Overview
Dates: Monday-Wednesday September 19 - 21, 2016

Observing Einstein's Outrageous Universe: Gravitational Waves, Black Holes, Neutron Stars, Gravitational Lenses and the Big Bang

Who Should Attend: Museum & Planetarium Staff

What to Expect:
  • A better understanding of the BIG Picture of cosmology
  • Conversations with leading edge researchers
  • A day at the Adler Planetarium & Astronomy Museum to see innovative ways to bring current research into a museum
  • Practicum sessions that will allow you test drive programming ideas developed during the course
  • Tools and resources to bring the frontiers of physics to your home institution

Lecture Topics and Lecturers
  • Breakfast / Social & Welcome, Randall H. Landsberg
  • Lecture: 1 - Overview, Michael S. Turner
  • Lecture: 2 - Einstein the Person, Dennis Overbye
  • Lecture: 3 - Black Hole Zoo, Andrea Ghez
  • Lecture: 4 - Gravitational Waves, Daniel Holz
  • Lecture: 5 - Death of Stars, Daniel Scolnic
  • Lecture: 6 - Lensing, Michael Gladders
  • Lecture: 7 - Big Bang, Rocky Kolb
  • Lecture: 8 - General Relativity & Beyond, Joseph Lykken
  • Lecture: 9 - Wrap Up, Daniel Holz

Instructors
Andrea Ghez
University of California, Los Angeles
Michael Gladders
Kavli Institute for Cosmological Physics
Daniel Holz (Director)
Kavli Institute for Cosmological Physics
Rocky Kolb
University of Chicago
Randall Landsberg (Director)
Kavli Institute for Cosmological Physics
Joseph Lykken
Fermi National Accelerator Laboratory
Dennis Overbye
New York Times
Daniel Scolnic
Kavli Institute for Cosmological Physics
Mark SubbaRao
Adler Planetarium and Astronomy Museum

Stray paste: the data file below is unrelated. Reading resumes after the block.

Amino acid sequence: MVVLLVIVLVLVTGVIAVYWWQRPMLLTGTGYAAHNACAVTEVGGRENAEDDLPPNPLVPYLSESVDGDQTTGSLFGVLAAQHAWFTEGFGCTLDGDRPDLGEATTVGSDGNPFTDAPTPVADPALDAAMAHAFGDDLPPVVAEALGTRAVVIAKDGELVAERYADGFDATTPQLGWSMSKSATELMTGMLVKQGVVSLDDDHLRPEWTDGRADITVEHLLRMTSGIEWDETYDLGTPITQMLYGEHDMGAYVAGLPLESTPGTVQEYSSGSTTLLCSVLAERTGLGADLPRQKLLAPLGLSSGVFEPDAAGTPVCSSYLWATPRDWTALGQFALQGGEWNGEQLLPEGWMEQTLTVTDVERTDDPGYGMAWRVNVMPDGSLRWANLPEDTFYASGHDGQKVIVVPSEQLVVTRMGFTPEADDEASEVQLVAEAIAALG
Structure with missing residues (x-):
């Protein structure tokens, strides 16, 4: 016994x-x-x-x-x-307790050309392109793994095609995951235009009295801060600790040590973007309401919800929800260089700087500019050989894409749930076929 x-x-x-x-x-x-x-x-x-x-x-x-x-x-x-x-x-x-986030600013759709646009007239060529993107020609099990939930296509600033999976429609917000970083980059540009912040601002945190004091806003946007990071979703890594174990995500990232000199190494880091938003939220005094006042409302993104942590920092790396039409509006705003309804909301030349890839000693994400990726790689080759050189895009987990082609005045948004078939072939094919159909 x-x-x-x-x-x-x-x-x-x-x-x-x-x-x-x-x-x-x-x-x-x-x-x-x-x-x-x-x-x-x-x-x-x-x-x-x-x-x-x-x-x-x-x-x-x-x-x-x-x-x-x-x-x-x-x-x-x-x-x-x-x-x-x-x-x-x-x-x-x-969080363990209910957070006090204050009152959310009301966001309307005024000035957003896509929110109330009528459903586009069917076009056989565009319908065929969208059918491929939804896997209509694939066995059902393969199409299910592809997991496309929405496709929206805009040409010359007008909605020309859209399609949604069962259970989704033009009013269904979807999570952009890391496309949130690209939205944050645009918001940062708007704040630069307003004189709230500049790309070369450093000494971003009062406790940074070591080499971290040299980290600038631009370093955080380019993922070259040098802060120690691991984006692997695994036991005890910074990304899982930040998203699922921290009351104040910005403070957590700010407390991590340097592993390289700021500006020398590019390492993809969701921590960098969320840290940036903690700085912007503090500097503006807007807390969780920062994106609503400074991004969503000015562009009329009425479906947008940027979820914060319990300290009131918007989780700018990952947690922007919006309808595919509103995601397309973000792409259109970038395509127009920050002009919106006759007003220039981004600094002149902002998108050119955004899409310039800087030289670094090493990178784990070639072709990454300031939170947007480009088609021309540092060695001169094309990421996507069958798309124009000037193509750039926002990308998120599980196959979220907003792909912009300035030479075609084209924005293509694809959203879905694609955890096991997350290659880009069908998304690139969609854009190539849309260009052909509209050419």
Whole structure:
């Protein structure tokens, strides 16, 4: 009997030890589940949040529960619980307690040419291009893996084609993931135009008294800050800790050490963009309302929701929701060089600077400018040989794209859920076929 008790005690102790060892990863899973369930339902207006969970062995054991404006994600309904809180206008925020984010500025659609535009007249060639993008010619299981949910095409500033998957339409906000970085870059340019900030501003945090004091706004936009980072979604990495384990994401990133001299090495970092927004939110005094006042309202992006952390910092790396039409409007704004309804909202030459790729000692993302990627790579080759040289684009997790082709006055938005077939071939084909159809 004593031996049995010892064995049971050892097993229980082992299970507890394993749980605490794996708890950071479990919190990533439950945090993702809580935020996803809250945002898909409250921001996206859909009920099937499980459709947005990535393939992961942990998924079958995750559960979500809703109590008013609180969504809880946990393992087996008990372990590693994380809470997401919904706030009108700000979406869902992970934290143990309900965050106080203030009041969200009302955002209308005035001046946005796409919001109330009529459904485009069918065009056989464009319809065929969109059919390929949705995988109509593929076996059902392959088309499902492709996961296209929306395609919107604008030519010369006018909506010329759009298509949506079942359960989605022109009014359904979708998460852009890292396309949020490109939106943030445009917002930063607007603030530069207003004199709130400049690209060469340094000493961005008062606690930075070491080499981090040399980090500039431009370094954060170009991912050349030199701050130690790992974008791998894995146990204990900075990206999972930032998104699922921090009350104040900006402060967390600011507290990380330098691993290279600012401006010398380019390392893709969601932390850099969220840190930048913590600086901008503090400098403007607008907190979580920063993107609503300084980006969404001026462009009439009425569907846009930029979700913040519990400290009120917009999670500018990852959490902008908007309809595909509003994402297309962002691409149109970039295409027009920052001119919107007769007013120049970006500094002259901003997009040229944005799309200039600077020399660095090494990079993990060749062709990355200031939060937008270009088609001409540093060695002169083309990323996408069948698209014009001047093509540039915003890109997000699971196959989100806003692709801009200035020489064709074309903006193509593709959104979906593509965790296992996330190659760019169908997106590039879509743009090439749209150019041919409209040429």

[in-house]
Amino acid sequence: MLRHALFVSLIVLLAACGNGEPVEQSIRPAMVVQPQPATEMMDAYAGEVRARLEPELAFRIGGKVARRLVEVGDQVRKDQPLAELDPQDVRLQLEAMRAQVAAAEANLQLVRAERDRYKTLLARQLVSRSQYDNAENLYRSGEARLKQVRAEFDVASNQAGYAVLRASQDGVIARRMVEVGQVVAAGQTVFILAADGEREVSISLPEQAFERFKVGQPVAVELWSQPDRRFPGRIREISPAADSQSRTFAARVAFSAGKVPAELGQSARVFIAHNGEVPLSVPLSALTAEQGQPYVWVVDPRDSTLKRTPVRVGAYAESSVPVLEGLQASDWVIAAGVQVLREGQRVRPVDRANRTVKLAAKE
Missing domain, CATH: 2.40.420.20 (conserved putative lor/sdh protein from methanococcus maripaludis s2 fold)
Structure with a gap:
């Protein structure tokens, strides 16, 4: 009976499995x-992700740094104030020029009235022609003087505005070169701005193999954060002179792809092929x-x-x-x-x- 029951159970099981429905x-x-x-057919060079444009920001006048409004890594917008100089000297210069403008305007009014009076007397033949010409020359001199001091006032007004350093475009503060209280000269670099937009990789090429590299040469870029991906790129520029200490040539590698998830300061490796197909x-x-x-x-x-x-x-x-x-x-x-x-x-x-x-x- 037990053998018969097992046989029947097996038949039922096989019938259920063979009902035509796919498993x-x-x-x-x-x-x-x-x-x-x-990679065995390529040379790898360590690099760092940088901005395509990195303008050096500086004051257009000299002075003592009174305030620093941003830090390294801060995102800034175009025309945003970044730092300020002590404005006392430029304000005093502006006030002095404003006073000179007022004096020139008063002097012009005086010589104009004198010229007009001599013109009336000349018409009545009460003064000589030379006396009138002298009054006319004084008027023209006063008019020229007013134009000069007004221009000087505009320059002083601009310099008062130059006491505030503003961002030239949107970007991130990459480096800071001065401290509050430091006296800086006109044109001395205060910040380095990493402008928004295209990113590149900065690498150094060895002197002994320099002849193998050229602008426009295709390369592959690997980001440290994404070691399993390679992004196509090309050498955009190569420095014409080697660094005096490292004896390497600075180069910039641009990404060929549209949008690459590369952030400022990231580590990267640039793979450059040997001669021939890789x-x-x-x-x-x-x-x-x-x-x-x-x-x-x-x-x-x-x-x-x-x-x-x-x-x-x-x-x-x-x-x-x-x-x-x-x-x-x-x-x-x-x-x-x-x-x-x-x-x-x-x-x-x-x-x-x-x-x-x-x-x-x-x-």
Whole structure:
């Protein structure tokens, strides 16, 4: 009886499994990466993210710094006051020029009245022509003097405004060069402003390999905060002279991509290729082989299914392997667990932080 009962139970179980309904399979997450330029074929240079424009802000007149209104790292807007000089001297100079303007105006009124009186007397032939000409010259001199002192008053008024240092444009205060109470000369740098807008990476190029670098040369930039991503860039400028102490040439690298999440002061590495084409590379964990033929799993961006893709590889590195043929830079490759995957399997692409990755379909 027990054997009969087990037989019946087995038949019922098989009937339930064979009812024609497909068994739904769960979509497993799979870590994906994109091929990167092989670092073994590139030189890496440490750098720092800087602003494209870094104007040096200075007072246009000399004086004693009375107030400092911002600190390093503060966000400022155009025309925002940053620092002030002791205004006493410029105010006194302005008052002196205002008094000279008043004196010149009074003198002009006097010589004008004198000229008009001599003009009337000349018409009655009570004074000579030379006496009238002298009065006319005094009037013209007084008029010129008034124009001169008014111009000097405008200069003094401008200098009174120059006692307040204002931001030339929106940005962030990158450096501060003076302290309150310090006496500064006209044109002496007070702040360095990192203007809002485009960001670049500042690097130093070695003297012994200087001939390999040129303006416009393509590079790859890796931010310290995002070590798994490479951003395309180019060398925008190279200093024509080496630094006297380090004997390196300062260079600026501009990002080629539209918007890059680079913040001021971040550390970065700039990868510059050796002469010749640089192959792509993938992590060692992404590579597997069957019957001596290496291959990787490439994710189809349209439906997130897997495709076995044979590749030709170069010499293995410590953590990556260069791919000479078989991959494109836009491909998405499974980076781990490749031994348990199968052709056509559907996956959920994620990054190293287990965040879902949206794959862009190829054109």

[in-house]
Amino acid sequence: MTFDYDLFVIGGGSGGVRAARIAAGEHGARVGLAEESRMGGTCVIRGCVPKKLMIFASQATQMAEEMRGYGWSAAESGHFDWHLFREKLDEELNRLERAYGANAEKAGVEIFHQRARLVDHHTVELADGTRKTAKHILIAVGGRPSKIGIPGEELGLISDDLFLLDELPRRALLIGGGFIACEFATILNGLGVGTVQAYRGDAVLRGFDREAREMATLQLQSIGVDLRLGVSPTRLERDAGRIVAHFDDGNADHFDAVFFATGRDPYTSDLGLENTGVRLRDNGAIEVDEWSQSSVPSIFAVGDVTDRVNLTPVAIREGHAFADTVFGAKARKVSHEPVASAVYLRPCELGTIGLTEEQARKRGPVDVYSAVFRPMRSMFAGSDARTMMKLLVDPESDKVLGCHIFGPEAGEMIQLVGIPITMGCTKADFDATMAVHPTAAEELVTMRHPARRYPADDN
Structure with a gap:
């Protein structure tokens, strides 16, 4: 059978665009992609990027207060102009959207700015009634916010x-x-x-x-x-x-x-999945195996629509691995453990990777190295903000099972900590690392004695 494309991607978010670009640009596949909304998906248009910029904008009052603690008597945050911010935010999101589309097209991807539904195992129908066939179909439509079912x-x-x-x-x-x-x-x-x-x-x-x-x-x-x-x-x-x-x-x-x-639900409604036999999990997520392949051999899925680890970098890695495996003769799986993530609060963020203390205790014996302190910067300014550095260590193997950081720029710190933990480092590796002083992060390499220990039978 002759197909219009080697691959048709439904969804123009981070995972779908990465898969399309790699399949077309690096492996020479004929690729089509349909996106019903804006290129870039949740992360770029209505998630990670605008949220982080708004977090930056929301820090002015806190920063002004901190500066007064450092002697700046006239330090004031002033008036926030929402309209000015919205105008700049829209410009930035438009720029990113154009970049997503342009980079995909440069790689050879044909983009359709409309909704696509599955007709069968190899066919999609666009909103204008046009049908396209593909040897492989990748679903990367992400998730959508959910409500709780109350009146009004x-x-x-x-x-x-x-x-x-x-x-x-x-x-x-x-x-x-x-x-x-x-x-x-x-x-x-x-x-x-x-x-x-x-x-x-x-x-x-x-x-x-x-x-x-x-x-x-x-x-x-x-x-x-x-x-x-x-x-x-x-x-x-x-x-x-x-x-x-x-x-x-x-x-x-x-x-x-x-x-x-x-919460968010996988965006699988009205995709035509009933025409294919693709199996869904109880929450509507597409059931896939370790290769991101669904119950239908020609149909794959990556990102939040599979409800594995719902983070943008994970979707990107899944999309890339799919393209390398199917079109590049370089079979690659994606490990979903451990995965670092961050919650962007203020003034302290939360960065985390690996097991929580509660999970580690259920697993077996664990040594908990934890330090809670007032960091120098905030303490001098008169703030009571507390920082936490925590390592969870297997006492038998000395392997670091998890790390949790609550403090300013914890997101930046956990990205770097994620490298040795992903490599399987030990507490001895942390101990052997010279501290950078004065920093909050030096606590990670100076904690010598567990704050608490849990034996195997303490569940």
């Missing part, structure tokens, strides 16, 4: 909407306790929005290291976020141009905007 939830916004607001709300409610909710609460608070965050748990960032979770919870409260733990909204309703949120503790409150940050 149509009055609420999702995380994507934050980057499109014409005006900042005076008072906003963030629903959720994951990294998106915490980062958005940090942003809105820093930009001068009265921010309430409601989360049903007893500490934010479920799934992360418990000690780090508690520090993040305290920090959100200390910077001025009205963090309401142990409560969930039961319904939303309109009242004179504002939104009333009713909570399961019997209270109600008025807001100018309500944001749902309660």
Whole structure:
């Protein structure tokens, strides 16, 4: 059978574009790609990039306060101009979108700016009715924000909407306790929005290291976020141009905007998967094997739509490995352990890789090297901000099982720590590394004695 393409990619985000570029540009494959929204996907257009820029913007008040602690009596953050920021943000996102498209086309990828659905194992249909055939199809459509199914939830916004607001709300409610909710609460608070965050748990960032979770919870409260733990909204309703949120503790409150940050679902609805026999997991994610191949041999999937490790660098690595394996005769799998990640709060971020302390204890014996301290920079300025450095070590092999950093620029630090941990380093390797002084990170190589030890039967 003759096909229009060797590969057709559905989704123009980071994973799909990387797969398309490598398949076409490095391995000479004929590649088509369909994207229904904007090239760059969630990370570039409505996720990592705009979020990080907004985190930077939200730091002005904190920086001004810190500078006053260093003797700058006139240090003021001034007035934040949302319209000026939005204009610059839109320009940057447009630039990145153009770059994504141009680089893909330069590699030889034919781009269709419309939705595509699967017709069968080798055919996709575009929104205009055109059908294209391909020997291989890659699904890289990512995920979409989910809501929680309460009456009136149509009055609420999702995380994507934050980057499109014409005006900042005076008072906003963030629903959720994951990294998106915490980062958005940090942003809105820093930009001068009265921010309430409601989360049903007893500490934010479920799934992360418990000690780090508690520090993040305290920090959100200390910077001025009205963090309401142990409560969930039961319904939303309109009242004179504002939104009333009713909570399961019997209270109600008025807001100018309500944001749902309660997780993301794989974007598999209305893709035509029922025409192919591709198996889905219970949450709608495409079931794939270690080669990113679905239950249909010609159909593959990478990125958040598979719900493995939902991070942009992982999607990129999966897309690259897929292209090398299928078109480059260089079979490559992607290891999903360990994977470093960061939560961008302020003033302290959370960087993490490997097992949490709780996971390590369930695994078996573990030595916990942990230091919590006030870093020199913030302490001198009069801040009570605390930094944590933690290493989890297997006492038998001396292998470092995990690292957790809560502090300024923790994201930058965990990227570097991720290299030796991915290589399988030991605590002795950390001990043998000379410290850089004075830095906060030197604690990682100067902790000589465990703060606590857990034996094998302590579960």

Michael Turner (Director)
Kavli Institute for Cosmological Physics

Course Description
A century ago Einstein put forth his theory of gravity. For the first 50 years it was an exotic theory with many untestable predictions thought to be irrelevant to our Universe. Beginning 50 years ago with the discovery of quasars and the cosmic microwave background (CMB), it has become clear that we live in Einstein’s Universe where the extraordinary is now the ordinary and his theory is in full bloom. To study the Universe today you have to understand the cosmic implications of Einstein's theory. We will focus on observable aspects of some of the most outrageous and compelling predictions of general relativity. These predictions include black holes, gravitational waves, gravitational lensing, and the Big Bang. We will explore the recent detection of gravitational waves from the merger of black holes 30 times the mass of our Sun, the spectacular fireworks associated with the death of stars and the formation of neutron stars and black holes, precise measurements of properties of the supermassive black hole at the center of our galaxy, the bending of light due to the gravity of clusters of galaxies, and how we learn about the origin of space, time, and the earliest moments of the Universe.